High demand, emerging new artists push contemporary art prices

//High demand, emerging new artists push contemporary art prices

High demand, emerging new artists push contemporary art prices

By | 2014-09-24T04:33:54+00:00 September 24th, 2014|Entertainment|0 Comments

Prints by Bob Dylan on display as part of ‘The Drawn Blank Series’ exhibition of the singer’s artwork at the Ross Art Group gallery on May 8, 2014 in New York City. — AFP Relaxnews pic

PARIS, Sept 23 — The contemporary art market experienced a record-breaking year in 2013/14, smashing through the US$2 billion (RM6.47 billion) mark for the first time, according to new figures released today.

US artists Jean-Michel Basquiat, who died in 1988, Jeff Koons and Christopher Wool remain the market’s biggest stars accounting for sales at auction of €339 million (RM1.418 billion), according to Artprice, a Paris-based organisation which keeps the world’s biggest database on the contemporary art market.

In the year from July 2013, sales of contemporary art at public auctions reached US$2.046 billion, up 40 per cent on the previous year, Artprice’s annual report said

Thirteen pieces alone fetched more than €10 million (US$12.8 million) each, compared with four in the previous year.

Pop artist Koons, the subject of a major retrospective due to be held at Paris’s Pompidou Centre at the end of November, currently holds the record for the most expensive work of art by a living artist ever sold at auction.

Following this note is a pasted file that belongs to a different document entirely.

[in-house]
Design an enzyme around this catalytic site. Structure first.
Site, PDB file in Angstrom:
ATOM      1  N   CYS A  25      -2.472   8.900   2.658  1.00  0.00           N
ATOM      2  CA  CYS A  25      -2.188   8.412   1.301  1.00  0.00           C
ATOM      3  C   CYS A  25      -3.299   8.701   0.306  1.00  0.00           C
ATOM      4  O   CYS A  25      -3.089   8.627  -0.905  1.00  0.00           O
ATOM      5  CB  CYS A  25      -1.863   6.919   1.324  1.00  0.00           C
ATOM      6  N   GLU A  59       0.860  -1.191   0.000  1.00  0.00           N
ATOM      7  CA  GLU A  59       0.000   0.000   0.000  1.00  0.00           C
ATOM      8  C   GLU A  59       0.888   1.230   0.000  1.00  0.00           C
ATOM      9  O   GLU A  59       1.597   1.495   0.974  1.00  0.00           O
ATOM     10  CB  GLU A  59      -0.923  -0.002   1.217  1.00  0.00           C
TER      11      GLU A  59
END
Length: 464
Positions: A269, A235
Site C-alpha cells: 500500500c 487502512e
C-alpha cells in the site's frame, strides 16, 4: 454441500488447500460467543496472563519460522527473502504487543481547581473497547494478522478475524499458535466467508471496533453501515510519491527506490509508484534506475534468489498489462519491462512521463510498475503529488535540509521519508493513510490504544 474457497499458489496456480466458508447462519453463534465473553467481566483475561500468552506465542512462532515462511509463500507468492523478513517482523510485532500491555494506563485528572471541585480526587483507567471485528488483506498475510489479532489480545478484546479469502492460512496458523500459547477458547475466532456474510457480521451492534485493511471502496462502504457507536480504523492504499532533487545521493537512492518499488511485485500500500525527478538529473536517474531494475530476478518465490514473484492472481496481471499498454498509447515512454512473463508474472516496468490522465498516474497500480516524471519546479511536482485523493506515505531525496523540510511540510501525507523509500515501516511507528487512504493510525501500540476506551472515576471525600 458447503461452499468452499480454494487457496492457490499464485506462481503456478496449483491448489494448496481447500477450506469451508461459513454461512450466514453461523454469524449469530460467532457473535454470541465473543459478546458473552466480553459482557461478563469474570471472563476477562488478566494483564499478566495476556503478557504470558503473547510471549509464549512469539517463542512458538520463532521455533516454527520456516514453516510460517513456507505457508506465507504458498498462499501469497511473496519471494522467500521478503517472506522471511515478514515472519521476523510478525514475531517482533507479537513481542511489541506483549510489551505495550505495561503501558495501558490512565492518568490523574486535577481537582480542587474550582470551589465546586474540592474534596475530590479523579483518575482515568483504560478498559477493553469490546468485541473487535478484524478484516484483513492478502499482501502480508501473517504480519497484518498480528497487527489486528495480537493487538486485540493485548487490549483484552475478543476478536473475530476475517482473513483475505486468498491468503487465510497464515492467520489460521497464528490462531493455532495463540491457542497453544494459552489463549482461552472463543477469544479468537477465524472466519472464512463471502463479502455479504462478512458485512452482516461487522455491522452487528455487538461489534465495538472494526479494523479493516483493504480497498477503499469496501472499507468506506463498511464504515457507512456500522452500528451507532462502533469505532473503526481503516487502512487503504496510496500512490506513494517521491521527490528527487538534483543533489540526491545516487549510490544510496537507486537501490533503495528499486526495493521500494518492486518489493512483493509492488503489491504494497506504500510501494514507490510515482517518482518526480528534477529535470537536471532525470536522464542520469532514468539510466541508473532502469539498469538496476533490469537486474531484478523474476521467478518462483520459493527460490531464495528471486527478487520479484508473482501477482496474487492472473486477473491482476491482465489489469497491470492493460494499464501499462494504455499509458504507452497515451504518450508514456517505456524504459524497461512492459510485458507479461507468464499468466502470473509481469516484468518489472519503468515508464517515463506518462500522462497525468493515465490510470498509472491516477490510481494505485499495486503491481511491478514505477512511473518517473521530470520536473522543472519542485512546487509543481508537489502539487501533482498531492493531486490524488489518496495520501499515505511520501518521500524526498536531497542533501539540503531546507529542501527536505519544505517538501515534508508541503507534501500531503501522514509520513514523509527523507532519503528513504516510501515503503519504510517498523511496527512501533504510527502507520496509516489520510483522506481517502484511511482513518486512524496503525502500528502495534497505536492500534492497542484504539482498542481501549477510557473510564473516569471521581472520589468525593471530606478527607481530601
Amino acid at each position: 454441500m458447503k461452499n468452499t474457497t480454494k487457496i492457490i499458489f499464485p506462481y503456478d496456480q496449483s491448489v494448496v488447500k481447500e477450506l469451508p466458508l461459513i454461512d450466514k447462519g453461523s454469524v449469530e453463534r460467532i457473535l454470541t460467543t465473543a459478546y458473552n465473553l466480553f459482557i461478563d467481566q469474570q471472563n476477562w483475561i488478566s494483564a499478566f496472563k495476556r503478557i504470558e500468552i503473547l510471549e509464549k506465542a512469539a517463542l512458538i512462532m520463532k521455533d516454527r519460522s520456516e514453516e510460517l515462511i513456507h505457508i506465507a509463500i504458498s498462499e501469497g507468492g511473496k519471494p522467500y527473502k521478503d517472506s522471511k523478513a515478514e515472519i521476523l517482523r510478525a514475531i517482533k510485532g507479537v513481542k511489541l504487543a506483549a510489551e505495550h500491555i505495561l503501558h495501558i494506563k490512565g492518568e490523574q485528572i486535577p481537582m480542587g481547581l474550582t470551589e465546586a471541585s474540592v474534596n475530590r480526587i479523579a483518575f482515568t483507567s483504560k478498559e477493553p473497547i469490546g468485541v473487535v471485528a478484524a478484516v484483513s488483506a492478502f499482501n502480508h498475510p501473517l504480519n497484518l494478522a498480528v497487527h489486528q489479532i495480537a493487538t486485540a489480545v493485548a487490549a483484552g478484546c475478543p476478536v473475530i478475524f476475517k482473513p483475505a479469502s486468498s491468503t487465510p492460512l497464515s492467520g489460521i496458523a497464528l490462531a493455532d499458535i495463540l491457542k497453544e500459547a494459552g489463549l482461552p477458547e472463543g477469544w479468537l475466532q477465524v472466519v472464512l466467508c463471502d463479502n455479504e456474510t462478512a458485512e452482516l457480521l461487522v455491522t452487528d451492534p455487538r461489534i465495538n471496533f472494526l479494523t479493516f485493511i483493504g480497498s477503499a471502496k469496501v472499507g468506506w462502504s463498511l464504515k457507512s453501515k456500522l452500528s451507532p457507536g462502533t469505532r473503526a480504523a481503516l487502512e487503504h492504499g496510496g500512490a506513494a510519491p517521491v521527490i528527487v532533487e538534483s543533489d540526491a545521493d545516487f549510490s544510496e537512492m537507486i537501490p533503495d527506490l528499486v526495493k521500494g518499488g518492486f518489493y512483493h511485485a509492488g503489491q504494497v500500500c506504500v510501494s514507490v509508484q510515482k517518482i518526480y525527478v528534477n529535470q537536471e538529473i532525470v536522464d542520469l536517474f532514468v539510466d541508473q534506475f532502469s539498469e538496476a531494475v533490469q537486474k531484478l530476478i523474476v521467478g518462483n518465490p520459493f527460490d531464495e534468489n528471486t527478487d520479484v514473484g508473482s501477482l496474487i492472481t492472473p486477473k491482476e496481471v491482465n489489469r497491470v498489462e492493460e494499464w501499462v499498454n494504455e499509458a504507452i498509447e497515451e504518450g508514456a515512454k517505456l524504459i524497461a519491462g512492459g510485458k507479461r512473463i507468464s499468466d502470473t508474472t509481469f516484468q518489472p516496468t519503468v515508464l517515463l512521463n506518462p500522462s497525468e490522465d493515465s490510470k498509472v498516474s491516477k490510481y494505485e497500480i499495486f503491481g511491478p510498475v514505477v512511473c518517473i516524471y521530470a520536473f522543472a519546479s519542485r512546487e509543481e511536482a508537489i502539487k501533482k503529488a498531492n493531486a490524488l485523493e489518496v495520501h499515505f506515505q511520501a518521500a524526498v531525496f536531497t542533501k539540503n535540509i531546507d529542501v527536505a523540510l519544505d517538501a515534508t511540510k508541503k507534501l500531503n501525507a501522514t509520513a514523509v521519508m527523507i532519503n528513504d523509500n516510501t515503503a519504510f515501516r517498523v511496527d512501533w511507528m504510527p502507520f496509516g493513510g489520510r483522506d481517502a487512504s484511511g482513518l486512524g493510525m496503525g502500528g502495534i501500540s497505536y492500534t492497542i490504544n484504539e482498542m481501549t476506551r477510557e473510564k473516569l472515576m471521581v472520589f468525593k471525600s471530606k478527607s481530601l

His “Balloon Dog” went under the hammer in November 2013 at Christie’s in New York, for a record US$58.4 million.

The rest of Artprice’s top ten is made up — in order — of Zeng Fanzhi (China), Peter Doig (Britain), Richard Prince (US), Martin Kippenberger (Germany) who died in 1997, and three more Chinese artists — Luo Zhongli, Chen Yifei and Zhan Xiaogang.

Fanzhi’s 2001 painting “The Last Supper” was sold at auction in Hong Kong last year for US$23 million.

Despite the presence of Basquiat and Kippenberger in Artprice’s top rankings, the body’s president and founder Thierry Ehrmann told AFP “the old adage that ‘a good artist is a dead artist’ was changing”.

“For the first time, young artists voluntarily want to start on the second market,” he said referring to auctions, as opposed to galleries, which are known in the art world as the first market.

“It’s a real revolution. The two markets are in the process of merging.”

Of the three top-selling contemporary artists, defined as artists born after 1945, Basquiat maintained his lead in 2013/14 with sales worth around €162 million while Koons and Wool clocked up €115 million and €61 million respectively.

If US artists remained ahead on individual sales, China has overtaken the US in terms of overall market share.

China now has 40 per cent of the world market with sales worth US$811 million compared to US$752 million for the US. — AFP